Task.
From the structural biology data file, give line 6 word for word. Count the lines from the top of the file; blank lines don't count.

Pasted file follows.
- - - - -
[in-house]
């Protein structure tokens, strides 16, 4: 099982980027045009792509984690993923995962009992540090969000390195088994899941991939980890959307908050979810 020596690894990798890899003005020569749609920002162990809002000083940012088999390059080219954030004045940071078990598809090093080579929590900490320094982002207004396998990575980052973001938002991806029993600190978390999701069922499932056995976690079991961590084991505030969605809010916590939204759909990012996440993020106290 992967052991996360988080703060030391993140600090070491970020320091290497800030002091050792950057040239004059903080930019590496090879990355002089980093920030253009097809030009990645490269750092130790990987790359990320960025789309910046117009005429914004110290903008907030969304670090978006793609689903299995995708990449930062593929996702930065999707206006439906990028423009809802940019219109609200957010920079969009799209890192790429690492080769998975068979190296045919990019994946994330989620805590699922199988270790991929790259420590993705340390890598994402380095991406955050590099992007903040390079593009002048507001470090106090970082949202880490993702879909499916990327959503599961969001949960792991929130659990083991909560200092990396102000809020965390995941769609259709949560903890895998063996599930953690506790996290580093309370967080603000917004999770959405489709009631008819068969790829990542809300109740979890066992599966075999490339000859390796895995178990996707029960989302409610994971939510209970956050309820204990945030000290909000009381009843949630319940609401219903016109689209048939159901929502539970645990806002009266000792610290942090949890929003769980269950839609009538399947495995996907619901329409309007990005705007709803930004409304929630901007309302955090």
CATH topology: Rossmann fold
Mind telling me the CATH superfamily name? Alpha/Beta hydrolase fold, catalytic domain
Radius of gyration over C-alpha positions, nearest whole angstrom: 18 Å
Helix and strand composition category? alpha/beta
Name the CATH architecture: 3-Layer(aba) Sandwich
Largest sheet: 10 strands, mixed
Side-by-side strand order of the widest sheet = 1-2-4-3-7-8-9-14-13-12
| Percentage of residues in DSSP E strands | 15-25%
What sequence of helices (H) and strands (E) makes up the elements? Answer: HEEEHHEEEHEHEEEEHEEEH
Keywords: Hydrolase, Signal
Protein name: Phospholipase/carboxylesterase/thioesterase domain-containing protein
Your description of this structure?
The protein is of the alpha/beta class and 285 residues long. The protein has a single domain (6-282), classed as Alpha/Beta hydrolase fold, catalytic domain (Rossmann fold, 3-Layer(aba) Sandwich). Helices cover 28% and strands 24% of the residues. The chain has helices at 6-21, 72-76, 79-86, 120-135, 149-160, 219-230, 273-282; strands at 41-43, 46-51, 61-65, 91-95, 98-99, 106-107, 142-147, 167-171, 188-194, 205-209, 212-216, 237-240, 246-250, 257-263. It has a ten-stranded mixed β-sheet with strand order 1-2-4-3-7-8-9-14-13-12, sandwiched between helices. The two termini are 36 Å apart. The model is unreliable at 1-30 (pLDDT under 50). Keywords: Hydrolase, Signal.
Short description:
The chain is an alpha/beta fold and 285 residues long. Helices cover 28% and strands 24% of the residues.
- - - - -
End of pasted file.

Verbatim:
Helix and strand composition category? alpha/beta